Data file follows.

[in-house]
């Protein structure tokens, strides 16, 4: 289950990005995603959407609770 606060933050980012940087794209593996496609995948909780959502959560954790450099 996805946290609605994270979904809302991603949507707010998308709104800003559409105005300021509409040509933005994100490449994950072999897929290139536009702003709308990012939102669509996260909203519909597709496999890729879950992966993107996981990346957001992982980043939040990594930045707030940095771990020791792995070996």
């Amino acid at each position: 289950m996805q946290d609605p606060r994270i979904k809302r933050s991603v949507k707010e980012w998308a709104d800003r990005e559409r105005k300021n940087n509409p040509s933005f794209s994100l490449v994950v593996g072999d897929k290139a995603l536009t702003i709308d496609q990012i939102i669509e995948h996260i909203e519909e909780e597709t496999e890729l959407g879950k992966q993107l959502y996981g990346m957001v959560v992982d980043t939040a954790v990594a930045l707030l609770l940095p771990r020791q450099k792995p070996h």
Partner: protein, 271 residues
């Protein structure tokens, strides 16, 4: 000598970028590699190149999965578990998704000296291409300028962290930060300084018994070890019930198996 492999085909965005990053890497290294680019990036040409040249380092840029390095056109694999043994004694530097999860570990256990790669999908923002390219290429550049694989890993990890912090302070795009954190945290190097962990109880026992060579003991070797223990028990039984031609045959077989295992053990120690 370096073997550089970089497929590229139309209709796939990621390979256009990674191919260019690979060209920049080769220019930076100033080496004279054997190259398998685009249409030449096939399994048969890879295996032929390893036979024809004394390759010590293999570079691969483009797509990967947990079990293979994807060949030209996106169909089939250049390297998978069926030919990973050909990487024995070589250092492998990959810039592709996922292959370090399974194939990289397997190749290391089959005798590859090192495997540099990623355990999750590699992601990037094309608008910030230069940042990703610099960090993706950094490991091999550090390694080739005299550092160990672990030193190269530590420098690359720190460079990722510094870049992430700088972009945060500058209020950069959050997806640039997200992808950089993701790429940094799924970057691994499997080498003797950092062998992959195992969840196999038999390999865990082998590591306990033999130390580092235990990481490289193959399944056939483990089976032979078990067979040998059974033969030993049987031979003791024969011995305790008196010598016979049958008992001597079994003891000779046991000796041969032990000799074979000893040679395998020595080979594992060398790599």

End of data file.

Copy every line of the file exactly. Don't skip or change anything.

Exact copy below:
[in-house]
């Protein structure tokens, strides 16, 4: 289950990005995603959407609770 606060933050980012940087794209593996496609995948909780959502959560954790450099 996805946290609605994270979904809302991603949507707010998308709104800003559409105005300021509409040509933005994100490449994950072999897929290139536009702003709308990012939102669509996260909203519909597709496999890729879950992966993107996981990346957001992982980043939040990594930045707030940095771990020791792995070996």
């Amino acid at each position: 289950m996805q946290d609605p606060r994270i979904k809302r933050s991603v949507k707010e980012w998308a709104d800003r990005e559409r105005k300021n940087n509409p040509s933005f794209s994100l490449v994950v593996g072999d897929k290139a995603l536009t702003i709308d496609q990012i939102i669509e995948h996260i909203e519909e909780e597709t496999e890729l959407g879950k992966q993107l959502y996981g990346m957001v959560v992982d980043t939040a954790v990594a930045l707030l609770l940095p771990r020791q450099k792995p070996h």
Partner: protein, 271 residues
């Protein structure tokens, strides 16, 4: 000598970028590699190149999965578990998704000296291409300028962290930060300084018994070890019930198996 492999085909965005990053890497290294680019990036040409040249380092840029390095056109694999043994004694530097999860570990256990790669999908923002390219290429550049694989890993990890912090302070795009954190945290190097962990109880026992060579003991070797223990028990039984031609045959077989295992053990120690 370096073997550089970089497929590229139309209709796939990621390979256009990674191919260019690979060209920049080769220019930076100033080496004279054997190259398998685009249409030449096939399994048969890879295996032929390893036979024809004394390759010590293999570079691969483009797509990967947990079990293979994807060949030209996106169909089939250049390297998978069926030919990973050909990487024995070589250092492998990959810039592709996922292959370090399974194939990289397997190749290391089959005798590859090192495997540099990623355990999750590699992601990037094309608008910030230069940042990703610099960090993706950094490991091999550090390694080739005299550092160990672990030193190269530590420098690359720190460079990722510094870049992430700088972009945060500058209020950069959050997806640039997200992808950089993701790429940094799924970057691994499997080498003797950092062998992959195992969840196999038999390999865990082998590591306990033999130390580092235990990481490289193959399944056939483990089976032979078990067979040998059974033969030993049987031979003791024969011995305790008196010598016979049958008992001597079994003891000779046991000796041969032990000799074979000893040679395998020595080979594992060398790599």